When the body is physically or psychologically stressed the body shifts its energy resources in fighting off what is a perceived threat and we go into what is known as our fight or flight response and this has different effects on each of our systems in the body to which there are:
The nervous system -
stress on the nervous system signals to the adrenal glands to release adrenaline and cortisol, these hormones make the heart beat faster, raise blood pressure, change the digestive system and boost glucose levels in the bloodstream, once the crisis has passed usually the system returns to normal.
The musculoskeletal system –
Under stress, muscles tense up, the contraction of muscles in extended periods of time can trigger, headaches, migraines and other variety of conditions. Therefore, it is important to make sure that we stretch before and after any workout routines, whether at the gym, swimming or running. This is one of many reasons as to why massage is important, to have a therapist that can manually assist In the relaxation of the muscles, tight muscles pull on bodies skeletal structures and create compensations within the body, Yoga and Pilates are also good ways of keeping the body supple and soft as well as creating strength.
The respiratory system –
stress can make you breathe harder known as hyperventilation, which can bring on panic attacks in some people and of course the total opposite is when we are scared/nervous and for those who have anxiety tend to hold on to our breathe which in turn creates the contraction in the muscular system. therefore, is it so important to remember to breathe, an take nice slow controlled breathe, in through the nose and out through the mouth… this is something that can be practiced and within time can become second nature… you might have even heard therapists or instructors asking you to breathe… why not try it now take a nice slow full breathe in through the nose and slowly exhale out through the mouth, try this a few times and see how you feel.
Cardiovascular system –
we call this acute stress, and it is momentary, stuck in traffic, waiting for an important phone call, generally making life’s little tough decisions, and what this does is increase the heart rate, creates stronger contractions in the heart muscles and dilates the function of heart. In turn it increases the amount of blood pumped to the part of the body. Repeat episodes of acute stress can cause inflammation of the coronary arteries and thought to lead to heart attacks. Which is why its so important to breathe.
Endocrine system –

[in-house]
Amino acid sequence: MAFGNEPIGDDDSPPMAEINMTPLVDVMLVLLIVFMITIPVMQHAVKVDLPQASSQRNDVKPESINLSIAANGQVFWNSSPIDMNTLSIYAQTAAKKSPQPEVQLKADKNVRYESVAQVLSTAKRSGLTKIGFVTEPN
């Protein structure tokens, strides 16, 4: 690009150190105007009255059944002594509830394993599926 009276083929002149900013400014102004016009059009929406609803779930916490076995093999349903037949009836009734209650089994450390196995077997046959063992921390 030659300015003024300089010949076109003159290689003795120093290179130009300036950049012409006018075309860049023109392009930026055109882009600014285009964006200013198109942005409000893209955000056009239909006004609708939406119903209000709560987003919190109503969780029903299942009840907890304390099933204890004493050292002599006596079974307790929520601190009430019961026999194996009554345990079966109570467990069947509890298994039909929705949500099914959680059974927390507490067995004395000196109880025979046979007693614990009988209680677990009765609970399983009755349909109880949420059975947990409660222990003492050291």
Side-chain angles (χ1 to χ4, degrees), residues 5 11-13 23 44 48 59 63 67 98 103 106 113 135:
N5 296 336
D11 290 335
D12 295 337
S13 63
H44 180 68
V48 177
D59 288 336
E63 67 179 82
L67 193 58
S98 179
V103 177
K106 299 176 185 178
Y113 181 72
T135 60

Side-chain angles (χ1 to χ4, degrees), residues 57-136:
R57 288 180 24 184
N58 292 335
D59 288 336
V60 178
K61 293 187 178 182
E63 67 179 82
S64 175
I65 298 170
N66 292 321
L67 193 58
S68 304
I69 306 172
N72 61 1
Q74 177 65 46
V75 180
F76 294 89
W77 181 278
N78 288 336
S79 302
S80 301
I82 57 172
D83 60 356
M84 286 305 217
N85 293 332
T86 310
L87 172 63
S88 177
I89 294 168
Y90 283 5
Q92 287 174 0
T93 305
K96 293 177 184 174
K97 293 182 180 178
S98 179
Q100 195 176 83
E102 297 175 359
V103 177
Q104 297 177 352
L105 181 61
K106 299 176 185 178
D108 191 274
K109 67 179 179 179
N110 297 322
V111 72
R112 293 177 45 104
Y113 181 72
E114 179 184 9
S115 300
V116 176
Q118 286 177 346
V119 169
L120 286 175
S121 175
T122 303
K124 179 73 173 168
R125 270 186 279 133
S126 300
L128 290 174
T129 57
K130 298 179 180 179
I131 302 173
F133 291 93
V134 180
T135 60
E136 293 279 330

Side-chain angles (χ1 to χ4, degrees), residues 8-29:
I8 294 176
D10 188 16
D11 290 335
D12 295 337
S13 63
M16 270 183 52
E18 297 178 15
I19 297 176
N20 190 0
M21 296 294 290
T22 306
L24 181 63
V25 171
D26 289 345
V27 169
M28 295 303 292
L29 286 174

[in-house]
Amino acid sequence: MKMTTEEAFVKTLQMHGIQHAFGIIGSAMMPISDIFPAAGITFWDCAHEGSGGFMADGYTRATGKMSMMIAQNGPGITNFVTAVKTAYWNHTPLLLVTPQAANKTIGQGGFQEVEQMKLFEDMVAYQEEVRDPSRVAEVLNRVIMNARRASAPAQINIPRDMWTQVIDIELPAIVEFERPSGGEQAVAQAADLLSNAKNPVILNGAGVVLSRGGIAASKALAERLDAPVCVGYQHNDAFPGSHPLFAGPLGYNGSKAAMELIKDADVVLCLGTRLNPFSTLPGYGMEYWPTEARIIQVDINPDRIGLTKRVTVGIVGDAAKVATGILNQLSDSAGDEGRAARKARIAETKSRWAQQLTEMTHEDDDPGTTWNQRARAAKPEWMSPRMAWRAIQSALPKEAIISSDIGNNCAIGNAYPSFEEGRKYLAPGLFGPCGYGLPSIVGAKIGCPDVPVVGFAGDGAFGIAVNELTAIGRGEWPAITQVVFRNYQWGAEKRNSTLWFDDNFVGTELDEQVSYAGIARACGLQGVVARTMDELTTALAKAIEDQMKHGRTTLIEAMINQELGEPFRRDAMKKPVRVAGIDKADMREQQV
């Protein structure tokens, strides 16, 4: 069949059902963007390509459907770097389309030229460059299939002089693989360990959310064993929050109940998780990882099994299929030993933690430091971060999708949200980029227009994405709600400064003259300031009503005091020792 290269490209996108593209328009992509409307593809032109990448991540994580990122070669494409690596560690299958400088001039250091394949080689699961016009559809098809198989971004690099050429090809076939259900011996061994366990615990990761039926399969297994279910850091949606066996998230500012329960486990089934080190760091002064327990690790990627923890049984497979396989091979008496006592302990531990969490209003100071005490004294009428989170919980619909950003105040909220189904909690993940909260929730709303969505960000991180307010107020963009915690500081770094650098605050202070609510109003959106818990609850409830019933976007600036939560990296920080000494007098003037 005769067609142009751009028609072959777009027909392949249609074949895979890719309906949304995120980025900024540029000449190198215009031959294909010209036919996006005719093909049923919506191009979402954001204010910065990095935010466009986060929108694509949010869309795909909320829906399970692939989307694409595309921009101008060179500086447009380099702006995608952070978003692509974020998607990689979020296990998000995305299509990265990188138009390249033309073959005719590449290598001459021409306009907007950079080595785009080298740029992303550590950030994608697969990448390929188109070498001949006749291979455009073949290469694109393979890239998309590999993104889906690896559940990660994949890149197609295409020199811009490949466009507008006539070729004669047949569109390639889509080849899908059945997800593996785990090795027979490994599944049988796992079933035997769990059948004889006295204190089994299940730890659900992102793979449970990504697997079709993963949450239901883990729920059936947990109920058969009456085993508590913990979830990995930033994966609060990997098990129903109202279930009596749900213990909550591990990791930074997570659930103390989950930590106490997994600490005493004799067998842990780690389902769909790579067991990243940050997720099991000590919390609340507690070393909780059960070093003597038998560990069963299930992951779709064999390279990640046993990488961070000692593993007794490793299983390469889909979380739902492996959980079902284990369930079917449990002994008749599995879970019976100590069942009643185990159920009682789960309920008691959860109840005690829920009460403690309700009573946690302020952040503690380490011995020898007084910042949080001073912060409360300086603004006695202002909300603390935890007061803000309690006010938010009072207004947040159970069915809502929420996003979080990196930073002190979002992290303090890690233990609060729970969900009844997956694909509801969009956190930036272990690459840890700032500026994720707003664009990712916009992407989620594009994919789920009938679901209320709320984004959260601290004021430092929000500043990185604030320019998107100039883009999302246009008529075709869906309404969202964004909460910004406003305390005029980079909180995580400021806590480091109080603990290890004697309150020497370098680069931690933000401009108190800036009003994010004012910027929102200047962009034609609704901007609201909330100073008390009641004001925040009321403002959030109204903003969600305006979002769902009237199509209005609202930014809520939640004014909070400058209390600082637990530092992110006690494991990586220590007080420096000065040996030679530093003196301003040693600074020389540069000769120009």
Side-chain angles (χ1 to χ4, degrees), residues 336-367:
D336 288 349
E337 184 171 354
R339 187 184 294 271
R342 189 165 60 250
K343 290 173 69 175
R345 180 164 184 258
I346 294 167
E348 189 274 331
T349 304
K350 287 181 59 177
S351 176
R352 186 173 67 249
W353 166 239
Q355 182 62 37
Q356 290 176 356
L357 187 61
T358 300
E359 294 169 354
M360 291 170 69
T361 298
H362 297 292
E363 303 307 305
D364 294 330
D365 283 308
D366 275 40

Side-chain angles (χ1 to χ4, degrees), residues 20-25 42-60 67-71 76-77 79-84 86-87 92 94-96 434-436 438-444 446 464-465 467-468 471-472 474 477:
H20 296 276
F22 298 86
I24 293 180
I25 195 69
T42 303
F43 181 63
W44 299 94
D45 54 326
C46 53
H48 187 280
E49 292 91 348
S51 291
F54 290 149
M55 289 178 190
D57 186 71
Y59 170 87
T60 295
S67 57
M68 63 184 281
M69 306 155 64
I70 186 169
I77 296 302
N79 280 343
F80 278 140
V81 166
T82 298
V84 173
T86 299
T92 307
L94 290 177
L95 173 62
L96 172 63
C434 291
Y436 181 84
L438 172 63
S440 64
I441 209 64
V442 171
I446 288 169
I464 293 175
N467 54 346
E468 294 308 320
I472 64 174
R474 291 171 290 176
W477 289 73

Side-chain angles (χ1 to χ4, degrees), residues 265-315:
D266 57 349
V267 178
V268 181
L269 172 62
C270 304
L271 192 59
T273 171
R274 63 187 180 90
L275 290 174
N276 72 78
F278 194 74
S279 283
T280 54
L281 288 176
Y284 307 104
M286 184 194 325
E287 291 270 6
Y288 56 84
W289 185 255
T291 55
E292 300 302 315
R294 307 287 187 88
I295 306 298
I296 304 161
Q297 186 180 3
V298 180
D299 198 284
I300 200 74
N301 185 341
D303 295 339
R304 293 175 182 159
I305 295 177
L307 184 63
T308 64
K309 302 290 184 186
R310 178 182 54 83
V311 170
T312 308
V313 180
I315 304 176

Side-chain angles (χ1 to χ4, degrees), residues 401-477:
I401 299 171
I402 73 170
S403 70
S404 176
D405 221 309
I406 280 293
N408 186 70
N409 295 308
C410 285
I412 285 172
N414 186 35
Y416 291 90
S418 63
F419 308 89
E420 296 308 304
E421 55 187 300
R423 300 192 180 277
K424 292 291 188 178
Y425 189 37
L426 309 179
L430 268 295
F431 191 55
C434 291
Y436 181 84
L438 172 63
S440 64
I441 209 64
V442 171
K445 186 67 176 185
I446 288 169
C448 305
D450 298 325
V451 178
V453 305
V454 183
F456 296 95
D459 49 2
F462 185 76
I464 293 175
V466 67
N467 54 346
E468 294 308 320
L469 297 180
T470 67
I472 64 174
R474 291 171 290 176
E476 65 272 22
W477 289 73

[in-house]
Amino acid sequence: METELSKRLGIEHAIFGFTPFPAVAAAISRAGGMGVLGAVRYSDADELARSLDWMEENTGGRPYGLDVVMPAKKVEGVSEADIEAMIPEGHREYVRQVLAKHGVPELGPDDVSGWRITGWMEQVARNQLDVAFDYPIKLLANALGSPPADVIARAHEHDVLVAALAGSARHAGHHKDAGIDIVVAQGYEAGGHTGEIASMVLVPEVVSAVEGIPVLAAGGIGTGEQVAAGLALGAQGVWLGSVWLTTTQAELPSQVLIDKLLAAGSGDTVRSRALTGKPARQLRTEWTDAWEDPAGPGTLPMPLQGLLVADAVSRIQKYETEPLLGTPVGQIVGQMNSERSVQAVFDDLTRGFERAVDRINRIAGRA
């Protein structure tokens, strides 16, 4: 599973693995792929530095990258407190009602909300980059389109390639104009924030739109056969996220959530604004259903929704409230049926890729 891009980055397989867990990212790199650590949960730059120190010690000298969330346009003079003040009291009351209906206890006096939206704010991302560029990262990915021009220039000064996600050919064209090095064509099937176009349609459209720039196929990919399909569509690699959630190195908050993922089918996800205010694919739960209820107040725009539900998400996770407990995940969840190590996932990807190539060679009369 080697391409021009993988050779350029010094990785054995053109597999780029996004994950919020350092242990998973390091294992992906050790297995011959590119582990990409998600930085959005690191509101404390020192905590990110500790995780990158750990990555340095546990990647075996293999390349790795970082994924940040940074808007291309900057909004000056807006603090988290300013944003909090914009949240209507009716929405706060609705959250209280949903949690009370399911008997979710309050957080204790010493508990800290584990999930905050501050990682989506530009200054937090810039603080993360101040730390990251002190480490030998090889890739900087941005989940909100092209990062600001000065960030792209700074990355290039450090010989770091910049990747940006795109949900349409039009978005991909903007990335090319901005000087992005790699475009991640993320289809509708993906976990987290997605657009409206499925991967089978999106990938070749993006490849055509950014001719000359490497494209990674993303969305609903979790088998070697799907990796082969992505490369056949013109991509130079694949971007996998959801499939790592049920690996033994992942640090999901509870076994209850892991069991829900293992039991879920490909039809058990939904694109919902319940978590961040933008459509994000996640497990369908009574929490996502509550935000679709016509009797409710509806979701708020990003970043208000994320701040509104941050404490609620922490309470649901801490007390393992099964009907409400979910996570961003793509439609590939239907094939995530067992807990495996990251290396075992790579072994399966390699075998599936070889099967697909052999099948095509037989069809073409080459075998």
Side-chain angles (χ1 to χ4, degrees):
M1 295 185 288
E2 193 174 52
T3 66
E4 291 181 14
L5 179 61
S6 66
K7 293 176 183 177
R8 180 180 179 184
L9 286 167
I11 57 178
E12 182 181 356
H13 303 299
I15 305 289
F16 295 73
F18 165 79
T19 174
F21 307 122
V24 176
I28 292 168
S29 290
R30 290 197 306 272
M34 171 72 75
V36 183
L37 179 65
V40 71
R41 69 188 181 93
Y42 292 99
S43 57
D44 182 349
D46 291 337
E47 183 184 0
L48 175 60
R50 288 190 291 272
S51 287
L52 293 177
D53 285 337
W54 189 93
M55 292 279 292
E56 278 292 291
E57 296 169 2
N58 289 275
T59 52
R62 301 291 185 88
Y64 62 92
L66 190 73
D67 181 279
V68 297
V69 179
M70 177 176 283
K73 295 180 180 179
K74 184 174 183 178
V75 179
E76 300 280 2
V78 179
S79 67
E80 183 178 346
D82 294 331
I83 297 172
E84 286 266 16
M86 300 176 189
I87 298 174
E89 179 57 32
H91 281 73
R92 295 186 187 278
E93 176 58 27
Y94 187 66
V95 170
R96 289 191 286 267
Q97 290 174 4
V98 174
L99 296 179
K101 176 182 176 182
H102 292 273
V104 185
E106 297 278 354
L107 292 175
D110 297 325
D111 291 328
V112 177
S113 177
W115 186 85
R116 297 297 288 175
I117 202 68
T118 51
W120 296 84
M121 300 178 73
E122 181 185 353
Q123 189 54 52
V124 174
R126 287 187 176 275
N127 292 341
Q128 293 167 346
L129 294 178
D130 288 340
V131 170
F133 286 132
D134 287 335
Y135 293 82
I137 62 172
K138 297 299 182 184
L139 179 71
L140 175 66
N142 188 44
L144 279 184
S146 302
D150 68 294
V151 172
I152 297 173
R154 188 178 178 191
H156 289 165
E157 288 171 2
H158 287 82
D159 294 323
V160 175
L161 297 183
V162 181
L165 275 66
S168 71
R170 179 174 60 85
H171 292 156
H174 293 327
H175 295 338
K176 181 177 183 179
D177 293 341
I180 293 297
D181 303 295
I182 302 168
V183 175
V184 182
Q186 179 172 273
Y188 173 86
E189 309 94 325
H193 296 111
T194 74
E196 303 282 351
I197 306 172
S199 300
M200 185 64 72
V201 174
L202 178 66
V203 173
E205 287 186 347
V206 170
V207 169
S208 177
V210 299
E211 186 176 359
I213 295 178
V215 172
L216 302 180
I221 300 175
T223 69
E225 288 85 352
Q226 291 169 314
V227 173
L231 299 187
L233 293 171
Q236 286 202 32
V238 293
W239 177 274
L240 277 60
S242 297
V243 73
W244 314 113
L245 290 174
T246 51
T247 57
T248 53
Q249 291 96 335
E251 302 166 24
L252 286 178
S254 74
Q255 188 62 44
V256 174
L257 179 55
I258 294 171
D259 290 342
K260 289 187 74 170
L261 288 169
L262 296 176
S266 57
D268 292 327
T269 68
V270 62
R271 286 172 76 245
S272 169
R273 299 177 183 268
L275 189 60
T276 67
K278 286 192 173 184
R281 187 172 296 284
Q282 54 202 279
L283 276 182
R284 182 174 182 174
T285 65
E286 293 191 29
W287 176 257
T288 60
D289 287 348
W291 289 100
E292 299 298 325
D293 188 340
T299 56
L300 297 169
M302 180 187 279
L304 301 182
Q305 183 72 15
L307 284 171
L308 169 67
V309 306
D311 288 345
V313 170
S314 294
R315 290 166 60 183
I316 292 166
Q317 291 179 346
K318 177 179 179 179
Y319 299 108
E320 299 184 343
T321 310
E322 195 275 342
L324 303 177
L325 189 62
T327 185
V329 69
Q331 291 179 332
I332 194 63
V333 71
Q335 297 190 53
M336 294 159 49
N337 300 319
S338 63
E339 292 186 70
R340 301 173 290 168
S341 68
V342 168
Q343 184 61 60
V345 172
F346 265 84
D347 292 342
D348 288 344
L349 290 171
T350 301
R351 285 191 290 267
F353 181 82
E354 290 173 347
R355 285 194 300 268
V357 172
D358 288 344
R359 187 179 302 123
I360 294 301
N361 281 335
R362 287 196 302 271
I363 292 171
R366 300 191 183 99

So the endocrine system essentially is the part of the body that releases hormones and chemicals, we are going to talk specifically about the liver and the adrenal glands. When the body is stressed, the brain sends signals from the part of our brain called the hypothalamus, causing the adrenal cortex to produce cortisol and the adrenal medulla to produce epinephrine, this is otherwise known as “the stress hormone” and when these hormones are released from the liver it produces more glucose into our bodies, which gives us the energy for this fight or flight response, do we need the energy to run or do we need it to fight, and if ever you’ve been in a heated argument and notice you might be shaking or trembling, this this why.
Reproductive system –
In men, excess amounts of this stress hormone (cortisol an epinephrine) can affect the normal functioning of the reproductive system, chronic stress can impair testosterone, effecting sperm production and cause impotence.
In woman stress can absent, cause irregular menstrual cycles or more painful periods, it can also reduce libido.
Gastrointestinal system –
This is everything from your oesophagus to your stomach and your intestines (bowels).
Stress can have a knock on effect to our maladaptive coping mechanism (habits) it may prompt us to eat more OR less than we usually would, if you’re a smoker you may increase your cigarette intake or if you tend to enjoy a drink once in a while it may increase your level of alcohol intake, these things may make you experience things like heartburn or acid reflux.
With stress come the “butterfly” feeling we get in our stomach or in some cases nausea, as we travel further down to our bowels, stress can effect then the digest of the food we process and to which your intestines absorb the nutrients, regarding our “fight or flight” response. You may find that you have either diarrhoea or constipation.